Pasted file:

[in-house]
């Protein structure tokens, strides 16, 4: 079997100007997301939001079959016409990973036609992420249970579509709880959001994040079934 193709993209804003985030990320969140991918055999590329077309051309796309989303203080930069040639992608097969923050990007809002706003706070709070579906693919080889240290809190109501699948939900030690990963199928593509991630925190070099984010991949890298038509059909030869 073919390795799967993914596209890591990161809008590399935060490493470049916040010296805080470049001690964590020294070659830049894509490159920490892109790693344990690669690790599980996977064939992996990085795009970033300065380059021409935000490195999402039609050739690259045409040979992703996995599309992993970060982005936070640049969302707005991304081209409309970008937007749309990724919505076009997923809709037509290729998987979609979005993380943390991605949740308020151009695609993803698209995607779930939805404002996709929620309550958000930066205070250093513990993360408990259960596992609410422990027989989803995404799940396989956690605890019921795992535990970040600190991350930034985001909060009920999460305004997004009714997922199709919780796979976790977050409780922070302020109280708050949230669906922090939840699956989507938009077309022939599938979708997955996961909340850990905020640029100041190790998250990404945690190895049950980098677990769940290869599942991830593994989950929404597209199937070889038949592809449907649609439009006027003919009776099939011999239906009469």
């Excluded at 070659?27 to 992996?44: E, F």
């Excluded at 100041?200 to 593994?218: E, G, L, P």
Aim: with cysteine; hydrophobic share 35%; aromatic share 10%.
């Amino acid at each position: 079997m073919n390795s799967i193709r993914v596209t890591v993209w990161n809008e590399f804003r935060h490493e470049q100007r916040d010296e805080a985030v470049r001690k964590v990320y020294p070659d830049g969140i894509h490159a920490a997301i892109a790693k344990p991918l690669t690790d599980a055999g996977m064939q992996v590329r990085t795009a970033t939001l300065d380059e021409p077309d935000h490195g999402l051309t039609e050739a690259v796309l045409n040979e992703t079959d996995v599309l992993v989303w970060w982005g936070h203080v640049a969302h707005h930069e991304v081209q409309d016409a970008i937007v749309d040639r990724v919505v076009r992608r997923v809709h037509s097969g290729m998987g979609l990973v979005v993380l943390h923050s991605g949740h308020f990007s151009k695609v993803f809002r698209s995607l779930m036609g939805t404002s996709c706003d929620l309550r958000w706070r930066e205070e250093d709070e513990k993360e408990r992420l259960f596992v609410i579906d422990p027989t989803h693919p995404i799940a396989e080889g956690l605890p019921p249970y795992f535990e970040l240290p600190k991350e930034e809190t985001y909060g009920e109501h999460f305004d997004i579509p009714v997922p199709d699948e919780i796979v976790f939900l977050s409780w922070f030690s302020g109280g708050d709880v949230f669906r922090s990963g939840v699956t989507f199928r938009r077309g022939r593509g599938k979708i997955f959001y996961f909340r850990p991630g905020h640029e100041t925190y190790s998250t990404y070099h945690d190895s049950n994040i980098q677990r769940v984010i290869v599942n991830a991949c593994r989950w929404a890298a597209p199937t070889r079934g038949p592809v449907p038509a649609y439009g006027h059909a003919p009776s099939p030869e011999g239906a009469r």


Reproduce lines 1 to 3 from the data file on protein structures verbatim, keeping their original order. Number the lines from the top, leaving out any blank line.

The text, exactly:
[in-house]
């Protein structure tokens, strides 16, 4: 079997100007997301939001079959016409990973036609992420249970579509709880959001994040079934 193709993209804003985030990320969140991918055999590329077309051309796309989303203080930069040639992608097969923050990007809002706003706070709070579906693919080889240290809190109501699948939900030690990963199928593509991630925190070099984010991949890298038509059909030869 073919390795799967993914596209890591990161809008590399935060490493470049916040010296805080470049001690964590020294070659830049894509490159920490892109790693344990690669690790599980996977064939992996990085795009970033300065380059021409935000490195999402039609050739690259045409040979992703996995599309992993970060982005936070640049969302707005991304081209409309970008937007749309990724919505076009997923809709037509290729998987979609979005993380943390991605949740308020151009695609993803698209995607779930939805404002996709929620309550958000930066205070250093513990993360408990259960596992609410422990027989989803995404799940396989956690605890019921795992535990970040600190991350930034985001909060009920999460305004997004009714997922199709919780796979976790977050409780922070302020109280708050949230669906922090939840699956989507938009077309022939599938979708997955996961909340850990905020640029100041190790998250990404945690190895049950980098677990769940290869599942991830593994989950929404597209199937070889038949592809449907649609439009006027003919009776099939011999239906009469």
């Excluded at 070659?27 to 992996?44: E, F």